Decisions from the Inter-American system
American University, Washington College of Law provides comprehensive coverage of decisions from the Inter-American Court of Human Rights, and selected decisions of the Inter-American Commission of Human Rights.
Decisions under the African Charter on Human and Peoples’ Rights
The Centre for Human Rights at the University of Pretoria provides comprehensive coverage of cases decided under the African Charter on Human and Peoples’ Rights, in both Court and Commission. IHRL will include a complete database of all cases decided on the merits and those admissibility decisions that have contributed to the development of the case law of the African Charter.
European Court of Human Rights
Dr Stella Margariti has been awarded her PhD in International Criminal Law by the University of Dundee. She is a graduate of the University of Piraeus, Greece (Degree in International and European Studies) and the University of Dundee (LL.M in International and European Law). Her research focuses on international crimes definitions, in particular on a definition for international terrorism and international criminal law and procedure.
Lorna McGregor is a Professor in the Law School and Director of the Human Rights Centre at the University of Essex (on study leave 2017). Her work has appeared in journals such as the American Journal of International Law, the European Journal of International Law, the International and Comparative Law Quarterly, the Journal of International Criminal Justice, and the International Journal of Transitional Justice and has been cited by the UK House of Lords and International Court of Justice. In 2015, Lorna was awarded the Antonio Cassese Prize for International Criminal Law Studies. Lorna is the Principal Investigator and Co-Director of an ESRC Large Grant (£5 million) on Human Rights, Big Data and Technology; the Principal Investigator of a Nuffield-funded project on the role of National Human Rights Institutions in Complaints-Handling; a Co-Investigator on an ESRC-funded project on Utilising Big Data in the Practice of Torture Survivors’ Rehabilitation; and a Co-Investigator on a British Academy Newton Fund grant on The Effects of International Human Rights Law on Public International Law and its Sub-Branches. She is a Co-Chair of the European Society of International Law’s Interest Group on Human Rights, a Co-Chair of the International Law Association’s Study Group on Individual Responsibility in International Law, a Contributing Editor of EJIL Talk!, and a Commissioner of the British Equality and Human Rights Commission.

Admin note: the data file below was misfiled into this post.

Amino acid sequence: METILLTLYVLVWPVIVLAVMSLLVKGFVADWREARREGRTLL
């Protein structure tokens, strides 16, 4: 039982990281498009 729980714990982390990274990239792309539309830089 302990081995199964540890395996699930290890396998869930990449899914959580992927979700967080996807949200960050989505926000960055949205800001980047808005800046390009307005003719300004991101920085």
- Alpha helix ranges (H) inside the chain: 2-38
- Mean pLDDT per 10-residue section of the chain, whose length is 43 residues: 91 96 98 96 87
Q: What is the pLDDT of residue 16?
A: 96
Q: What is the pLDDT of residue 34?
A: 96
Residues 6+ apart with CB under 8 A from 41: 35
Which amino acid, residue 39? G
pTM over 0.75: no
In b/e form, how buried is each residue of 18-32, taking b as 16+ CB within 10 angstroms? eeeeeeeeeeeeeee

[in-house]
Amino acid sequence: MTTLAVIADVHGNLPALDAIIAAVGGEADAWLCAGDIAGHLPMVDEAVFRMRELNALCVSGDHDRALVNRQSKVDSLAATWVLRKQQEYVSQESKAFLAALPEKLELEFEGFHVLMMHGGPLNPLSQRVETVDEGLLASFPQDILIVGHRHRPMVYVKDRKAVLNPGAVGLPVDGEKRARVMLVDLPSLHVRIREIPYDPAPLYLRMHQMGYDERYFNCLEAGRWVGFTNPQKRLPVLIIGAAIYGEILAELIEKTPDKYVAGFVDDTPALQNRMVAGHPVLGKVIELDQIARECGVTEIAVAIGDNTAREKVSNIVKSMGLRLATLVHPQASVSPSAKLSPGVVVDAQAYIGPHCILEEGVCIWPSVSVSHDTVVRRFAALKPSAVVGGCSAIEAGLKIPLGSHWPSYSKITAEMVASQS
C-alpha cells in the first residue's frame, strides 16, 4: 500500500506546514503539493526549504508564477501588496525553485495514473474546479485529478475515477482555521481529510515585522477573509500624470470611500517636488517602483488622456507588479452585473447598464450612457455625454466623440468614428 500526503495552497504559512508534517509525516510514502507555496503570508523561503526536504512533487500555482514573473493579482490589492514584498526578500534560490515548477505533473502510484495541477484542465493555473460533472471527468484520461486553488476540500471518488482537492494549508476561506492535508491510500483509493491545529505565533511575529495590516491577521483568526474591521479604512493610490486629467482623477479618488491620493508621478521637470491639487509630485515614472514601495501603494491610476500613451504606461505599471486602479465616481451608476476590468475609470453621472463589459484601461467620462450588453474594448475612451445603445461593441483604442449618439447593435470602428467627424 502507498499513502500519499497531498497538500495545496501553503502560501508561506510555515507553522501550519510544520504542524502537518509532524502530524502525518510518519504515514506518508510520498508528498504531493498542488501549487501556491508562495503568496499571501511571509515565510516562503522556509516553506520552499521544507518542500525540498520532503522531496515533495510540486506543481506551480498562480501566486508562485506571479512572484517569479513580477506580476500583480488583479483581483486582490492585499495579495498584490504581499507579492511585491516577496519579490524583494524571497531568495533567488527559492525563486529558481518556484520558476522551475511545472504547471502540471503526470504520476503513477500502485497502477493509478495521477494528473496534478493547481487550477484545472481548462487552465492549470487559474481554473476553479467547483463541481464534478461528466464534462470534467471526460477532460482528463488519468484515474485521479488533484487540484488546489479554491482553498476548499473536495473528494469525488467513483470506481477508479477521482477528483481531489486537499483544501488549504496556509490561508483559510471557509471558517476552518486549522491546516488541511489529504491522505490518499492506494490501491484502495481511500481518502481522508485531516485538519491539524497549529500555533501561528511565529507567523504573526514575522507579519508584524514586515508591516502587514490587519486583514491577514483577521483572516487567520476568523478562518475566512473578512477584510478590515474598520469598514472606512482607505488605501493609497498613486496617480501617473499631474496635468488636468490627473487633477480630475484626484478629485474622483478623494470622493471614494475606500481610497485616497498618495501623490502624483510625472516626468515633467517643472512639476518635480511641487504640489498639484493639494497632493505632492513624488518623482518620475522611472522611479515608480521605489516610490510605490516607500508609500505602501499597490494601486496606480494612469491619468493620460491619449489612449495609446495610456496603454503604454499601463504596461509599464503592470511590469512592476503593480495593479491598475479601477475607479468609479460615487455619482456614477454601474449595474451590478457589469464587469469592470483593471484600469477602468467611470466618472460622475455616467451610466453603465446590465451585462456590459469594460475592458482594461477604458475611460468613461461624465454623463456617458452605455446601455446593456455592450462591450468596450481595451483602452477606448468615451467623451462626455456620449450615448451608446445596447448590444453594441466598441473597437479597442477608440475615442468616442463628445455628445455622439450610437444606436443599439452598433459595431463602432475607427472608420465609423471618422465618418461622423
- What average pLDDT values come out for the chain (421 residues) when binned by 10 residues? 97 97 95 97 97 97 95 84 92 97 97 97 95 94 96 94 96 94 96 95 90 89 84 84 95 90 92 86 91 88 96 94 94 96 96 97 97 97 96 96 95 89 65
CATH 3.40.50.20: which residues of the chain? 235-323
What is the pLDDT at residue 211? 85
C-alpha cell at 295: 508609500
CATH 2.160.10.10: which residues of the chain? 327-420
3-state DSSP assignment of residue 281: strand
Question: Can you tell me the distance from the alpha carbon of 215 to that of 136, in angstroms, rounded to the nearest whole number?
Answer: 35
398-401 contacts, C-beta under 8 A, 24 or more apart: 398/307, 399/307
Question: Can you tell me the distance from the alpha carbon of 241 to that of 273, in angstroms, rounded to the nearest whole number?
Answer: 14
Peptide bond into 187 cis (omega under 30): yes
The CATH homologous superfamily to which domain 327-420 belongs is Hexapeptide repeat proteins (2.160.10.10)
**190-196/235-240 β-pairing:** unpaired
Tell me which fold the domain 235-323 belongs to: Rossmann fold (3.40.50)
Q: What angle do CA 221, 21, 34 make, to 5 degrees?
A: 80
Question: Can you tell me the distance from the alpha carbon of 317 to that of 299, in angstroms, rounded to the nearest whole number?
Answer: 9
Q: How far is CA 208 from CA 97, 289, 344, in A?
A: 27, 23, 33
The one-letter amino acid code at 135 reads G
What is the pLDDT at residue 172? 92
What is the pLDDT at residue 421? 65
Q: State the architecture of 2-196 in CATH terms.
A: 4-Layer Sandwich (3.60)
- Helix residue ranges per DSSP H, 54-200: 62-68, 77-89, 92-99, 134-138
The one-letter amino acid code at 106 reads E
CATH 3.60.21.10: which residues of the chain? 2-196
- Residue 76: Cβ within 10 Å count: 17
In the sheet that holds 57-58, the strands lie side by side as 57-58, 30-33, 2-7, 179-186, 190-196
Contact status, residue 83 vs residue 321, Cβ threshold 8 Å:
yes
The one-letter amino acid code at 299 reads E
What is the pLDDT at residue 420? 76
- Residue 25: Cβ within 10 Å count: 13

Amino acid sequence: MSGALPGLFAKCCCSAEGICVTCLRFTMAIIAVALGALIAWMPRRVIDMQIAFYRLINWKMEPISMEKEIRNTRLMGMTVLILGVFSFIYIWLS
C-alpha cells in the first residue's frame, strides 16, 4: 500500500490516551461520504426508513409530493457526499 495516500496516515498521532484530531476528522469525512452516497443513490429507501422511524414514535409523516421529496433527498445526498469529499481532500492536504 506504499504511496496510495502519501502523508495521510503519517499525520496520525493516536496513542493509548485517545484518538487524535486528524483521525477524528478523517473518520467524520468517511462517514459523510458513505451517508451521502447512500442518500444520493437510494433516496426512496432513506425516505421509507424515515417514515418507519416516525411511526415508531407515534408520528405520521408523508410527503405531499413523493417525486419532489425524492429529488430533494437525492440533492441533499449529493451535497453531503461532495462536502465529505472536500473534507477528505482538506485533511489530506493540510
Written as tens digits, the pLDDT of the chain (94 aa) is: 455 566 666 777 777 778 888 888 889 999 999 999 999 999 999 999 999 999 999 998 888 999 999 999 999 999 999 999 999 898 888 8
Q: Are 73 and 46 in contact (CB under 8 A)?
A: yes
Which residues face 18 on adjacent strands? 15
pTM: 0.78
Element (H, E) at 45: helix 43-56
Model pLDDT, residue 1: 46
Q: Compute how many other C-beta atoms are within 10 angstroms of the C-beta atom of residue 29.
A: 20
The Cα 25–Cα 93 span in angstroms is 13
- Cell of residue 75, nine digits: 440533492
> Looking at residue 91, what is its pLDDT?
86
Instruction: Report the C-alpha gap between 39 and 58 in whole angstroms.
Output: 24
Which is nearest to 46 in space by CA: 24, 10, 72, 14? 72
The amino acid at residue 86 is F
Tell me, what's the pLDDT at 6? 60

Jacqueline Mowbray is an Associate Professor at the University of Sydney Law School. She is also the external legal adviser to the Commonwealth of Australia's Parliamentary Joint Committee on Human Rights. Her work focuses on public international law and legal theory, with an emphasis on international human rights law. She has a particular interest in economic, social and cultural rights, and her book on the subject, The International Covenant on Economic, Social and Cultural Rights: Commentary, Cases, and Materials (co-authored with Saul and Kinley) was winner of the 2015 American Society of International Law Certificate of Merit. She also works on international law and language policy, and the position of linguistic minorities under international law. Her monograph Linguistic Justice: International Law and Language Policy was published by OUP in 2012. Before joining the University of Sydney in 2008, Jacqueline practised as a solicitor with Freehills in Melbourne and Barlow Lyde & Gilbert in London, and taught on the European Masters program in human rights at the University of Sarajevo, Bosnia-Herzegovina. Jacqueline is a graduate of the Universities of Queensland (BA LLB (Hons)), Melbourne (LLM) and Cambridge (LLM (Hons) PhD).